Japan’s exports rose more than forecast in July, bouncing back from two straight declines to support an economy that contracted last quarter by the most since a record earthquake in 2011.
Overseas shipments rose 3.9 percent from a year earlier, the finance ministry said in Tokyo today. That’s higher than the median estimate for a 3.8 percent gain in a Bloomberg News survey of 28 economists. Imports rose 2.3 percent, leaving a deficit of 964 billion yen ($9.36 billion).
The rebound in shipments may help Prime Minister Shinzo Abe to raise the sales tax again after boosting it to 8 percent in April. The economy is forecast to expand an annualized 2.9 percent this quarter after contracting 6.8 percent in the April-June period, as consumers and businesses cut spending after the tax increase.
“Exports are increasing but still lack strong momentum,” said Takeshi Minami, chief economist at Norinchukin Research Institute Co. in Tokyo. “Imports are stronger than expected, largely due to a seasonal rise in the cost of fuel imports, and not on domestic demand, which remains lackluster.”
The Topix index of shares declined 0.1 percent at 11:30 a.m. in Tokyo while the yen was little changed at 102.95 per dollar.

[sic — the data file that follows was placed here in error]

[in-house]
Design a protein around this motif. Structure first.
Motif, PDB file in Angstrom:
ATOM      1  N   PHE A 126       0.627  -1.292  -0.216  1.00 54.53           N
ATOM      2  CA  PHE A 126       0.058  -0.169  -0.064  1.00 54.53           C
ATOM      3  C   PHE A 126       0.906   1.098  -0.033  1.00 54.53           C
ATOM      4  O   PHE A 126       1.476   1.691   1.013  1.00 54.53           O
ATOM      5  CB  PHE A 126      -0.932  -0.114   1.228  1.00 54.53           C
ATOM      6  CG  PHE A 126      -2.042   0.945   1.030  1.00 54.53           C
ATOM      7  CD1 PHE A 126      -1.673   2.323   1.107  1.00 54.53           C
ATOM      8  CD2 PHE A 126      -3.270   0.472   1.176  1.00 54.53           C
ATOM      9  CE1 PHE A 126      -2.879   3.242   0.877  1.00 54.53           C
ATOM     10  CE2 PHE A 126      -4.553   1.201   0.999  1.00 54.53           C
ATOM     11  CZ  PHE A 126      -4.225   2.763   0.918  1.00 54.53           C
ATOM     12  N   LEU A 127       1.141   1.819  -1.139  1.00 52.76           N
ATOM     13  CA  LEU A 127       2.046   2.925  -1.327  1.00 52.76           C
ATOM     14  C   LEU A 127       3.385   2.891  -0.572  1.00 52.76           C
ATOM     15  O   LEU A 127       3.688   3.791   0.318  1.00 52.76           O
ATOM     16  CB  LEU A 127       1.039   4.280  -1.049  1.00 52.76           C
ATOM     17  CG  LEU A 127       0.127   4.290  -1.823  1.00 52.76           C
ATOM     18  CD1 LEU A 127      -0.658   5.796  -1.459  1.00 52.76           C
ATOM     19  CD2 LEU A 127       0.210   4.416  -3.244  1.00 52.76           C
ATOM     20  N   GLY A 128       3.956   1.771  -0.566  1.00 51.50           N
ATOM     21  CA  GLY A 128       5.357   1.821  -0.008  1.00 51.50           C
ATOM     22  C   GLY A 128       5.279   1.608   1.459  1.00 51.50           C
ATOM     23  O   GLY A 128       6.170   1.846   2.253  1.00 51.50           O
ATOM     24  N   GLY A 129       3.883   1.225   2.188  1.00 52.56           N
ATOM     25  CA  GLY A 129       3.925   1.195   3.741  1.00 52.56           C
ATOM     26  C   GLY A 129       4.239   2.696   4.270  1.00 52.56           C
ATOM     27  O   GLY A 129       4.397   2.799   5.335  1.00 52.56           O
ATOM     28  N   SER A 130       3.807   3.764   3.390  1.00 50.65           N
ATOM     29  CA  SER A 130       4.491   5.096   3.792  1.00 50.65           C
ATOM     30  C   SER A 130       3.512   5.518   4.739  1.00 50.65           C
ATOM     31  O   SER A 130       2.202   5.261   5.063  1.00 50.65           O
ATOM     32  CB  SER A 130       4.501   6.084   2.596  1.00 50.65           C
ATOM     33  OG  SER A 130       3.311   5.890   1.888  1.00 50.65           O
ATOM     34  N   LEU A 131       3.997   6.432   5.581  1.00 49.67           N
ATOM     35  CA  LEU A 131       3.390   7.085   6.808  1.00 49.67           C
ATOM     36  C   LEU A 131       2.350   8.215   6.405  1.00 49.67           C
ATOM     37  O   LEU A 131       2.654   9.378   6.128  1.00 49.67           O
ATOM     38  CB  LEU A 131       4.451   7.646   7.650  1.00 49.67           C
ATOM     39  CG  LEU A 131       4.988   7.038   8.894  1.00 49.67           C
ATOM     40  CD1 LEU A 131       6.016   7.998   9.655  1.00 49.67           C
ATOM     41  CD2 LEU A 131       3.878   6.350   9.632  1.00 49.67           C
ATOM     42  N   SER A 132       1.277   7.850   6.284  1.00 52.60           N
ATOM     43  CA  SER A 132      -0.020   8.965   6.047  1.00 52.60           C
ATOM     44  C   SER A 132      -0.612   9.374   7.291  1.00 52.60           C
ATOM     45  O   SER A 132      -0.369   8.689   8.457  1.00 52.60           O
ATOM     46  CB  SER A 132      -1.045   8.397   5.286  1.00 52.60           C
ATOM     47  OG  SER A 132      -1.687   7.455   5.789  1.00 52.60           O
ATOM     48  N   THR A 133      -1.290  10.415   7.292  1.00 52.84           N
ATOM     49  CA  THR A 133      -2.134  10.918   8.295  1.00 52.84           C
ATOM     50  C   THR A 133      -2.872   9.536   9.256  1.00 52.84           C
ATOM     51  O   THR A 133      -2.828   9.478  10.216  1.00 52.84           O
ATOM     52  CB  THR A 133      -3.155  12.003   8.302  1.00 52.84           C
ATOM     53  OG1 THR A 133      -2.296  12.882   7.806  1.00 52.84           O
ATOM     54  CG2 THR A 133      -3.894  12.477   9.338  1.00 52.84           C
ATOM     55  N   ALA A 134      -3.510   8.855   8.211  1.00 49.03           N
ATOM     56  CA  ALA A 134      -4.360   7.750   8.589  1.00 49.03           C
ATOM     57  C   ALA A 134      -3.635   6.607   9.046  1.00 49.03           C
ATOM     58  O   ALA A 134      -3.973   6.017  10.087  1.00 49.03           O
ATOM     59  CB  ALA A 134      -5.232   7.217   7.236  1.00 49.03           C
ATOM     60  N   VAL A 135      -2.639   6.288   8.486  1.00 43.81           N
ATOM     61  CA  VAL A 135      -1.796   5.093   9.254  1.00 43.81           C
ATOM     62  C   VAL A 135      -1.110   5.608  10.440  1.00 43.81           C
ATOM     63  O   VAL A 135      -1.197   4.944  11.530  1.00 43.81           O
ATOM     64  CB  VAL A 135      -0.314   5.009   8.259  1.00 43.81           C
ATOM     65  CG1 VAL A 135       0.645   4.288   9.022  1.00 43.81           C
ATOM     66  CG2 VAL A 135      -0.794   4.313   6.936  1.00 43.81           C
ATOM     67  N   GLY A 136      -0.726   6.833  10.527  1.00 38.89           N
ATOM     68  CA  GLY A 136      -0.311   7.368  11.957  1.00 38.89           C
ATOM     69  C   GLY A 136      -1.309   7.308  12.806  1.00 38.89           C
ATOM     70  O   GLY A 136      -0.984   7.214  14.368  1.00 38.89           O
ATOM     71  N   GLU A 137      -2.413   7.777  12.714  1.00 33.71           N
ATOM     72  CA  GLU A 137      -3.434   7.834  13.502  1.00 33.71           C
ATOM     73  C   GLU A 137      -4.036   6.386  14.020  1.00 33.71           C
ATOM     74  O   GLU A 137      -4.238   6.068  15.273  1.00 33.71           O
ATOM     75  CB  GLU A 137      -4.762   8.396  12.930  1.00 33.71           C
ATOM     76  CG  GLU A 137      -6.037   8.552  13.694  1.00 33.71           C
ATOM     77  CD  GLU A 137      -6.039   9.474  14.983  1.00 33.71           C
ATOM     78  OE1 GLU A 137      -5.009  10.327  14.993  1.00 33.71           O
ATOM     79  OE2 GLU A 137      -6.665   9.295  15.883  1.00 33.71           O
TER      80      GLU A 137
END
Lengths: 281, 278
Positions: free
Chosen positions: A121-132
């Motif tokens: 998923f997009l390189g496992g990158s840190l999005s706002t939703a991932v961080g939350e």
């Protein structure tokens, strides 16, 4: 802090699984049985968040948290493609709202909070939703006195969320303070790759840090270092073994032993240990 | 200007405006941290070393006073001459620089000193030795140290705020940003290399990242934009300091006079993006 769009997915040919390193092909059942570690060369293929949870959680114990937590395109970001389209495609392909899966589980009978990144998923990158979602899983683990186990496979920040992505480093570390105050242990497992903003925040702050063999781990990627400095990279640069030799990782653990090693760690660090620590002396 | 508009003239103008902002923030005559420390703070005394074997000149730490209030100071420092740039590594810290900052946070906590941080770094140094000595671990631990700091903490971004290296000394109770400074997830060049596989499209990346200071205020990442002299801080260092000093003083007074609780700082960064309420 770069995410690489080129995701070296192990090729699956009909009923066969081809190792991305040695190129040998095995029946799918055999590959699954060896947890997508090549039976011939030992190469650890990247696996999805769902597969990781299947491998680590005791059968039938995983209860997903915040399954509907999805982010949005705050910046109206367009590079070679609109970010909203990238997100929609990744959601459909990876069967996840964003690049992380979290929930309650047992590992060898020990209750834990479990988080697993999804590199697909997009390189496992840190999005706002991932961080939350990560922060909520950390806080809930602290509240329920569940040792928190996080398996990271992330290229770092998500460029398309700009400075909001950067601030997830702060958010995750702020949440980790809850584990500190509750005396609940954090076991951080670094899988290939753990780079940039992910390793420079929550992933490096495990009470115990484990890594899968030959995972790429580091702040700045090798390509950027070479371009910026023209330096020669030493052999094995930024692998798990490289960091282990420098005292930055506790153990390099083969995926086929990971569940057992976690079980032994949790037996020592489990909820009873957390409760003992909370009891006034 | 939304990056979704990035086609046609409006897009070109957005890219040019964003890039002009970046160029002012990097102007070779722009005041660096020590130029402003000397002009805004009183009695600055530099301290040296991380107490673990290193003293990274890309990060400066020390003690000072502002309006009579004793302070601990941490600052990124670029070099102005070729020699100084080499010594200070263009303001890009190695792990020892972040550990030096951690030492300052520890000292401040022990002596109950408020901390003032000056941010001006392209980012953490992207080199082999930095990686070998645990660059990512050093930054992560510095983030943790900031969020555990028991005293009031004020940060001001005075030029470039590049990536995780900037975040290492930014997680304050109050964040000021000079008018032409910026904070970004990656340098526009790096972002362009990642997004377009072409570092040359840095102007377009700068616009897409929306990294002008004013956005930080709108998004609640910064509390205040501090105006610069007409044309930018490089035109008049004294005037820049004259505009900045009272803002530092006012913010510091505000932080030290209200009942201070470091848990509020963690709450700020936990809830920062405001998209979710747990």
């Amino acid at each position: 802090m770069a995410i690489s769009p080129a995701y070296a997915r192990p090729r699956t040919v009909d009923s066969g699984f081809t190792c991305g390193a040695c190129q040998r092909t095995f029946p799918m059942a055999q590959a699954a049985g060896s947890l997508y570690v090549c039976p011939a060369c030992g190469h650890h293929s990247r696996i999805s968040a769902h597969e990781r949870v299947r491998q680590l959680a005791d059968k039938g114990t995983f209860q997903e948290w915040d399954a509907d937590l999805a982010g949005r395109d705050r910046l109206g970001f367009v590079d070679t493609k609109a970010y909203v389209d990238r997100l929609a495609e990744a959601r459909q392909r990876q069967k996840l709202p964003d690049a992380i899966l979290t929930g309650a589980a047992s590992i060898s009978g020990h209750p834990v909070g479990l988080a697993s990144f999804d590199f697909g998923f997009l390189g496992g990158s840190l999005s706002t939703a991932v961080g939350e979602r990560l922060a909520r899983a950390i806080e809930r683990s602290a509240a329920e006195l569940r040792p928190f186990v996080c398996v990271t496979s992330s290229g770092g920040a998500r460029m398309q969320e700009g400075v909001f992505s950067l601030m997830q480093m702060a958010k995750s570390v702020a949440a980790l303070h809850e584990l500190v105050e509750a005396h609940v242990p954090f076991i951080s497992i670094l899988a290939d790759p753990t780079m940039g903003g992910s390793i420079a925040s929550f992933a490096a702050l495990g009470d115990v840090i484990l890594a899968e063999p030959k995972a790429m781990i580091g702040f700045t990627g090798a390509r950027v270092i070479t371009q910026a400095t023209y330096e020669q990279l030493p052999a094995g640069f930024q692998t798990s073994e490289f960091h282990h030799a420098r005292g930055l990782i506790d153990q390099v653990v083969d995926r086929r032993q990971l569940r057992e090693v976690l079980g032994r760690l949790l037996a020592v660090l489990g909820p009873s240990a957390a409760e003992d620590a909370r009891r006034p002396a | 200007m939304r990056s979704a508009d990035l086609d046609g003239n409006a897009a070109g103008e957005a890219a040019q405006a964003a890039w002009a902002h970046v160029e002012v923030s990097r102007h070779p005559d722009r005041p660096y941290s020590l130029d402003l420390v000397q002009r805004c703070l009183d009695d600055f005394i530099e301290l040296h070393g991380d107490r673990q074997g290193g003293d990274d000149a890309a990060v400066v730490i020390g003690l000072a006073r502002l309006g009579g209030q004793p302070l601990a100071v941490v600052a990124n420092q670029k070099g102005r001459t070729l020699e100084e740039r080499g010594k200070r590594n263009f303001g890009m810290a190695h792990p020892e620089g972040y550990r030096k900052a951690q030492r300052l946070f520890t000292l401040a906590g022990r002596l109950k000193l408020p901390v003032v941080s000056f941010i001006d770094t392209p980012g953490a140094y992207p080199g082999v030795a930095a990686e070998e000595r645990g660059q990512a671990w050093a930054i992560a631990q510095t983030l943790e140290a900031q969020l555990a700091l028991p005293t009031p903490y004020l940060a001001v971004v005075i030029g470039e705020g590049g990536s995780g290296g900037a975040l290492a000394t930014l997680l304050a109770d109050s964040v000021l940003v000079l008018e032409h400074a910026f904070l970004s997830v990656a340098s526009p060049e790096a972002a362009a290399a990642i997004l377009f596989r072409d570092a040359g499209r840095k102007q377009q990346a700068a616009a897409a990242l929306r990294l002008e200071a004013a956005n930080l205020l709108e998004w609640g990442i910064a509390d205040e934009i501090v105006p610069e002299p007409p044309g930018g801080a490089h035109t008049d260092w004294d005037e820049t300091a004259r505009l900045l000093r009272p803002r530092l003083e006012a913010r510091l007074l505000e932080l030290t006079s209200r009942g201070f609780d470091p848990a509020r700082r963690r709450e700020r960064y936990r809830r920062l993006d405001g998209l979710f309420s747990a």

Exports to Asia climbed 3.4 percent and were up 2.1 percent to the U.S. in July, after shipments to both dropped in May and June. To the E.U., exports rose 10.2 percent, a 14th straight monthly increase.
China, Japan’s largest trading partner, took 1.13 trillion yen worth of goods in July, an increase of 2.6 percent from last year. Purchases by Asean nations were up 3.7 percent, with the 10 countries taking 15 percent of Japan’s exports.
Exports volumes were 5.6 percent higher in July compared with December 2012, when Abe took office, even as his reflationary policies have driven the currency down 17 percent against the dollar.
Imports tumbled an annualized 20.5 percent in the April to June period from the first quarter, while exports fell 1.8 percent, according to gross domestic product data announced by the Cabinet Office last week.
The Bank of Japan may cut its growth forecast for this year for a fourth time as exports have failed to bolster an economy weakened by the levy increase. The central bank’s board may lower its median forecast for 1 percent growth this fiscal year, according to people familiar with the central bank’s discussions.
Growth is likely to be 0.4 percent, according to the median estimate in a survey of 24 economists by Bloomberg News on Aug. 13-14.
The value of exports of motor vehicles rose 8.1 percent in July from a year earlier, with those to the E.U. jumping 74.3 percent and to Asia climbing 17.8 percent. Shipments of metal-working machines to China were up 61.2 percent. The value of crude oil imports rose 6.9 percent and natural gas rose 7.4 percent.
The BOJ is set to review its economic and price outlook at an Oct. 31 meeting. The government will decide by the end of the year whether to increase the levy to 10 percent from October 2015.
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